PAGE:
Relocating the PCT to Tejon Ranch

Instead of a long journey across the desert floor, trail users will enjoy views like this of the Antelope Valley from the PCT’s future path in the Tehachapi Mountains.

Rerouting the trail onto Tejon Ranch will fulfill the original vision for the Pacific Crest Trail.

In 2008, Tejon Ranch Company unveiled a landmark conservation and land use agreement that provides the framework for conserving up to 90% of Tejon Ranch’s landholding. A significant part of the agreement includes a public access plan that will allow for 37 miles of the PCT to be relocated from the floor of the Mojave Desert to the crest of the Tehachapi Mountains—in keeping with the original vision for the PCT. The relocation will follow the preferred route agreed upon by the U.S. Forest Service, the Pacific Crest Trail Association and the Tejon Ranch Company.

Future location of the PCT on Tejon Ranch.

The Tejon Ranch Company is working on the project with an alliance of federal and state agencies and private conservation groups, including the Tejon Ranch Conservancy and the PCTA. It’s a priority that we protect and facilitate management of important biological and cultural resources along the corridor. This exemplary new section of trail will protect habitat for the endangered California Condor and a variety of other threatened, endangered and sensitive plant and animal species.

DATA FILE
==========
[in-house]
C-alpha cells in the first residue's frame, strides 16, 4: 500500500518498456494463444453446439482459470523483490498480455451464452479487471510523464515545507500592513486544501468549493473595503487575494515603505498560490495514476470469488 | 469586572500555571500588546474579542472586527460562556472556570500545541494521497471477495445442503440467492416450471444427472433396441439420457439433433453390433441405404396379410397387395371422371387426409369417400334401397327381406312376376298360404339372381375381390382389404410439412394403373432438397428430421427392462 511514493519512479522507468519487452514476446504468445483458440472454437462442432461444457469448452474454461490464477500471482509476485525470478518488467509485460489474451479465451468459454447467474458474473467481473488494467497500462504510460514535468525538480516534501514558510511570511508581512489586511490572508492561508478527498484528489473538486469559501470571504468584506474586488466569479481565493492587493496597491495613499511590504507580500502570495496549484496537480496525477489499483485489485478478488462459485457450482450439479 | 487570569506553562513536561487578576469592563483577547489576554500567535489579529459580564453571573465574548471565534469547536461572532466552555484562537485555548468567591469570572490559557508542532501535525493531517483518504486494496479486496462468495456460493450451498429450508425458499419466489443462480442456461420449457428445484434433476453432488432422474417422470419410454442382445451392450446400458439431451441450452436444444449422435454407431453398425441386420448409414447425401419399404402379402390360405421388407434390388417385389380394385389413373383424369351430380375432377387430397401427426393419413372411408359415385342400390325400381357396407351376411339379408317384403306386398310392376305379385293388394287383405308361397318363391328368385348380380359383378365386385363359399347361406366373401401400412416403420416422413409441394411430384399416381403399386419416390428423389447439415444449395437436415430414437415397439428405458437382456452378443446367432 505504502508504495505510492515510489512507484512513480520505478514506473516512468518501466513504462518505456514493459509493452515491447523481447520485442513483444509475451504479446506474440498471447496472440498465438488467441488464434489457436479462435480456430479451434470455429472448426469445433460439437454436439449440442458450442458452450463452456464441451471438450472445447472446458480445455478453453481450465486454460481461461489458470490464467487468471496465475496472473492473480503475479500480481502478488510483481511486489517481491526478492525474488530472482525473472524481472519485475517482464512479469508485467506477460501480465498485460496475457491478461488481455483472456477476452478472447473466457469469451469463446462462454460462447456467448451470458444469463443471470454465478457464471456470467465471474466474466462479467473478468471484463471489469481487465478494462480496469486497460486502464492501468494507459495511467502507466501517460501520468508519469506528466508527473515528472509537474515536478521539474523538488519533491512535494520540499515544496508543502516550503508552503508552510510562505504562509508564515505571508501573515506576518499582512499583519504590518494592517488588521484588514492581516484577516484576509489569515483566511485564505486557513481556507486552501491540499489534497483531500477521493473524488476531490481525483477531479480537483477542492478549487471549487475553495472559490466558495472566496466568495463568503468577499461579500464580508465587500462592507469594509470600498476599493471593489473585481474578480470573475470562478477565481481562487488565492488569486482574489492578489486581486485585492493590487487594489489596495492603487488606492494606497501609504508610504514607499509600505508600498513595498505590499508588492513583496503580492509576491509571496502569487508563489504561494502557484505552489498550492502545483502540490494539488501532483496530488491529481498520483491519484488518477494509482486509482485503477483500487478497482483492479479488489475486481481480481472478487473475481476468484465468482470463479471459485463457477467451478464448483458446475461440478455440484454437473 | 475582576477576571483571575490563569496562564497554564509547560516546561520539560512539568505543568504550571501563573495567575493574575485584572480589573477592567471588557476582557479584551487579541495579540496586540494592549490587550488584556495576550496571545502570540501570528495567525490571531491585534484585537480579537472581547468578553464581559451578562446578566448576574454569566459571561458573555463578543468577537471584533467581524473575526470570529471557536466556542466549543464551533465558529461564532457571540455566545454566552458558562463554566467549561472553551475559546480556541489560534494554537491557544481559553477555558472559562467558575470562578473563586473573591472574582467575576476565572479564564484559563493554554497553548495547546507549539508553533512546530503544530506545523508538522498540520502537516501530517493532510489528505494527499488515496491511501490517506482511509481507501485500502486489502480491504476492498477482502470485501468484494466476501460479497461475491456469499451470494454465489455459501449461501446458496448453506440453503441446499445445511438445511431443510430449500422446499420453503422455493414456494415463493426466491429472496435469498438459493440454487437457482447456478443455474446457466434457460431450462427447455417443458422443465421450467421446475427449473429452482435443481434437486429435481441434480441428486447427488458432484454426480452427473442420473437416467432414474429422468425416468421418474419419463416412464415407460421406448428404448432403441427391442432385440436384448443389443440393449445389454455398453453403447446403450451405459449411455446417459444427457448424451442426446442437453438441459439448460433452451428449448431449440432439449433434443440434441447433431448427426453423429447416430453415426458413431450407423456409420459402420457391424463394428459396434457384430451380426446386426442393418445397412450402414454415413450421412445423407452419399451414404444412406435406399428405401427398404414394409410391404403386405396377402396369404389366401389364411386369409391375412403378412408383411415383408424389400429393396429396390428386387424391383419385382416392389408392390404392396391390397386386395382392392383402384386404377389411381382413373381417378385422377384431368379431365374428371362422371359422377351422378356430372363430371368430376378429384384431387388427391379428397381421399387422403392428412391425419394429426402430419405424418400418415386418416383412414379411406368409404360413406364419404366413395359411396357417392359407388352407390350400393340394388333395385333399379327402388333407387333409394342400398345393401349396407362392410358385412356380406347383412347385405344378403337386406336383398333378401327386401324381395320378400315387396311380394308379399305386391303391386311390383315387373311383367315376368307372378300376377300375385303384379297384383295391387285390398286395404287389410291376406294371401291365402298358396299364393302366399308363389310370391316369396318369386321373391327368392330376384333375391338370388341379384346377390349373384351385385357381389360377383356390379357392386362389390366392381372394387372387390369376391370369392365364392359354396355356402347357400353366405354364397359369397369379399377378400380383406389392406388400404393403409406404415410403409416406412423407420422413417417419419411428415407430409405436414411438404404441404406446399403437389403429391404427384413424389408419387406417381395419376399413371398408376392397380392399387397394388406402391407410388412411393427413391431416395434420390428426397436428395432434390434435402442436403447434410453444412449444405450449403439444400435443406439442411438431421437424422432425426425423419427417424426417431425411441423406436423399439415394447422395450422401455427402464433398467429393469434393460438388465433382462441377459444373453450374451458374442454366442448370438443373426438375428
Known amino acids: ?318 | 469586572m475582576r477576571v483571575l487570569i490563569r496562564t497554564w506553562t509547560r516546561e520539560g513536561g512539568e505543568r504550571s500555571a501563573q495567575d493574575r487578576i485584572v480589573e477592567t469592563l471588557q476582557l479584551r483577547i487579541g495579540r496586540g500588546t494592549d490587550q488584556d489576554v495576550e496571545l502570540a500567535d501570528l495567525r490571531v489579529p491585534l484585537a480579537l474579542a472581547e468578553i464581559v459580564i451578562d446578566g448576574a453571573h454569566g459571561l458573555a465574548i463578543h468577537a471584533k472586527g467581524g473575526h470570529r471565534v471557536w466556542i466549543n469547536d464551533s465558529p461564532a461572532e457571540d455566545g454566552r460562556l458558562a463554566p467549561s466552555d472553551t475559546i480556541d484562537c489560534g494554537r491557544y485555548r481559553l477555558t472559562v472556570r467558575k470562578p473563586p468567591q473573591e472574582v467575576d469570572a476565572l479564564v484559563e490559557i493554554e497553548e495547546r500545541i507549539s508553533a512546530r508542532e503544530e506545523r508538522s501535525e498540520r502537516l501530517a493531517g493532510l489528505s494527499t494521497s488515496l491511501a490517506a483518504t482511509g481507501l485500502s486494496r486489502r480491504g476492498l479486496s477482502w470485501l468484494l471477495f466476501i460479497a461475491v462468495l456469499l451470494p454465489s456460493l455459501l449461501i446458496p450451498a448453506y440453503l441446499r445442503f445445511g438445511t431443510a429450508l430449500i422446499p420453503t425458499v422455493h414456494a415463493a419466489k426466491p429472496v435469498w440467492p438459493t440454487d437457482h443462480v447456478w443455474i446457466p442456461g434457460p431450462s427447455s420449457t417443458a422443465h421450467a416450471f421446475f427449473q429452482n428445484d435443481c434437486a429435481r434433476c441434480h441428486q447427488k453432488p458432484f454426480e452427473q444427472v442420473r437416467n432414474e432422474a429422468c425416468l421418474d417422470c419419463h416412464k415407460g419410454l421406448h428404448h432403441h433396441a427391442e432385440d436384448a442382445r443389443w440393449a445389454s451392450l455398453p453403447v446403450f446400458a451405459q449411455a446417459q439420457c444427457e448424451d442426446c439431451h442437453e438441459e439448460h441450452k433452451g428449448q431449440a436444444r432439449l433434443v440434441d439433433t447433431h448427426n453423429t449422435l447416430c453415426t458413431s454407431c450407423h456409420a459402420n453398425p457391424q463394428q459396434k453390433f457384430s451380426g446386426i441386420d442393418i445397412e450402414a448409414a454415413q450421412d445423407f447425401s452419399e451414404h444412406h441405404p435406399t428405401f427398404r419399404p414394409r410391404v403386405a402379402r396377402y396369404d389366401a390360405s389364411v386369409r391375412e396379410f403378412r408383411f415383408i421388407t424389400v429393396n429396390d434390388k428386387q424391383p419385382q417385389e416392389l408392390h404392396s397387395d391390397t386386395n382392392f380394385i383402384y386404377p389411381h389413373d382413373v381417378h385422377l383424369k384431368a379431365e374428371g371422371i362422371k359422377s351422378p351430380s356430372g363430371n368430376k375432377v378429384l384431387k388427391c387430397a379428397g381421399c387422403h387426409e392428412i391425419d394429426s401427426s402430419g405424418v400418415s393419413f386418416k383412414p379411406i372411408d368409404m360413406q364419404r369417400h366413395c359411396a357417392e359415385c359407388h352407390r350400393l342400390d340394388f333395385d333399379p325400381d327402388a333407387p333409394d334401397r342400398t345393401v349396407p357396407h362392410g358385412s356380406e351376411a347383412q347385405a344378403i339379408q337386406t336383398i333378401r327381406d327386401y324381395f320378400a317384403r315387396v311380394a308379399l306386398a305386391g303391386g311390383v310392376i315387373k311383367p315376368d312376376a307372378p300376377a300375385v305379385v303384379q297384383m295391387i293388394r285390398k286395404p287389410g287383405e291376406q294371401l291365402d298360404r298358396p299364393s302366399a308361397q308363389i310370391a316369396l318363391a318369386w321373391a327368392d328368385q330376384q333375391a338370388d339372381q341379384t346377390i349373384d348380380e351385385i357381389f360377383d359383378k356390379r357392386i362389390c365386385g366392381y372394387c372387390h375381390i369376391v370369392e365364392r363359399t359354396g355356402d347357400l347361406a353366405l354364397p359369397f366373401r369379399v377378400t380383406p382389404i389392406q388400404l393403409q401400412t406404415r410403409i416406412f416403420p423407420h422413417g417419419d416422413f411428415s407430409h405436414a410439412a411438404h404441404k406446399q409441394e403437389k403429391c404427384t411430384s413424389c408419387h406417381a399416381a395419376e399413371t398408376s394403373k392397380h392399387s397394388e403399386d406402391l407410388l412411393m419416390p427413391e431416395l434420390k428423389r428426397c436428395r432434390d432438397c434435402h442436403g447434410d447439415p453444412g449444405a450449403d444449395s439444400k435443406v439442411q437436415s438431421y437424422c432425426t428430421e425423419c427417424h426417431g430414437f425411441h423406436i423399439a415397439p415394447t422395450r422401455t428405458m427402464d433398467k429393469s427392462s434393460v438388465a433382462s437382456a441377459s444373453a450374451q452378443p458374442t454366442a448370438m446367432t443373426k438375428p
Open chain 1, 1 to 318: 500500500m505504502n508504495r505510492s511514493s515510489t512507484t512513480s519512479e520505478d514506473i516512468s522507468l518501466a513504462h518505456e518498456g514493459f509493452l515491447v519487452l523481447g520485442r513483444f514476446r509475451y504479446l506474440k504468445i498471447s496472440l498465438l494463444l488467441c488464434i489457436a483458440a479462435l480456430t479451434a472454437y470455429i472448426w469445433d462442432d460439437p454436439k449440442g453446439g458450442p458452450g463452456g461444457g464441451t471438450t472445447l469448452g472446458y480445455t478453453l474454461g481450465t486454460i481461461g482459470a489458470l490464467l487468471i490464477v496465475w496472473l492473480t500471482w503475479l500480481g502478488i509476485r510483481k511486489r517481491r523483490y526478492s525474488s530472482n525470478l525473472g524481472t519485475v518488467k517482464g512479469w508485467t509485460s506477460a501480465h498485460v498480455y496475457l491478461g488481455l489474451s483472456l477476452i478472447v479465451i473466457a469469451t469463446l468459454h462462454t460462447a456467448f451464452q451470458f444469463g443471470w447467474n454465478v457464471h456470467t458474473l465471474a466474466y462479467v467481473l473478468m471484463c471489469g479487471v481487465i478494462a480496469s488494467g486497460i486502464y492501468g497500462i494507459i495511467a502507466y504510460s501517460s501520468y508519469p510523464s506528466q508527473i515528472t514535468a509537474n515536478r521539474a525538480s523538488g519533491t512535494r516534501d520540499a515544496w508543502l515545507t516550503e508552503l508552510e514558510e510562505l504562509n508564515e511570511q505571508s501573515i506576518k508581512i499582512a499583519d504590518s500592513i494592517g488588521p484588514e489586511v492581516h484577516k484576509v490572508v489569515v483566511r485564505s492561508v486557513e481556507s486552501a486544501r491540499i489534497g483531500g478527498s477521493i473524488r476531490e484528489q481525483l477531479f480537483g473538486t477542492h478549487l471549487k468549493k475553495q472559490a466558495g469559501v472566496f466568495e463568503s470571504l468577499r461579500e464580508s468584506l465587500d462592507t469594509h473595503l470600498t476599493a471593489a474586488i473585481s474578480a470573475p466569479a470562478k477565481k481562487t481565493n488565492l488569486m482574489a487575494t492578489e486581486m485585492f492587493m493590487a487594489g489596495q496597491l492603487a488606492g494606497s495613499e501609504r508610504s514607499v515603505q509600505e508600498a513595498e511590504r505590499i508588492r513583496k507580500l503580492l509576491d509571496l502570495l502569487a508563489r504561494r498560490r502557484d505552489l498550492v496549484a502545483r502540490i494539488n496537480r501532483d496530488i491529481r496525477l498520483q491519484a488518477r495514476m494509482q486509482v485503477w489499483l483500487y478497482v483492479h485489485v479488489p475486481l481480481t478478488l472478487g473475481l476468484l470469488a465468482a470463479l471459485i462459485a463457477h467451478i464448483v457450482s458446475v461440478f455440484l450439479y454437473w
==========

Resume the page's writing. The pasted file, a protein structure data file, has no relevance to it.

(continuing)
The Tejon Ranch landholdings protect habitat for threatened and endangered plant and animal species including the California Condor.

There are still several steps to be taken. It will be many more years before we are able to break ground for the new trail. Once the easements and plans are in place, we will enter an exciting era of building this new section of the PCT through volunteer and youth crew projects.

Project Status

The PCTA and U.S. Forest Service are currently working to complete negotiations with the Tejon Ranch and the Tejon Ranch Conservancy to relocate the PCT onto the Ranch including:

  • Bringing all parties to agreement with the trail realignment on the Ranch and placement of off-trail campsites and access to critical water sources
  • Negotiating the trail easement across the Ranch
  • Negotiating the conveyance agreement, which will allow the USFS to proceed with the National Environmental Policy Act (NEPA) process for the trail relocation
  • Developing accompanying management agreements for trail management and public access and use on the Ranch

Pronghorn on Tejon Ranch.

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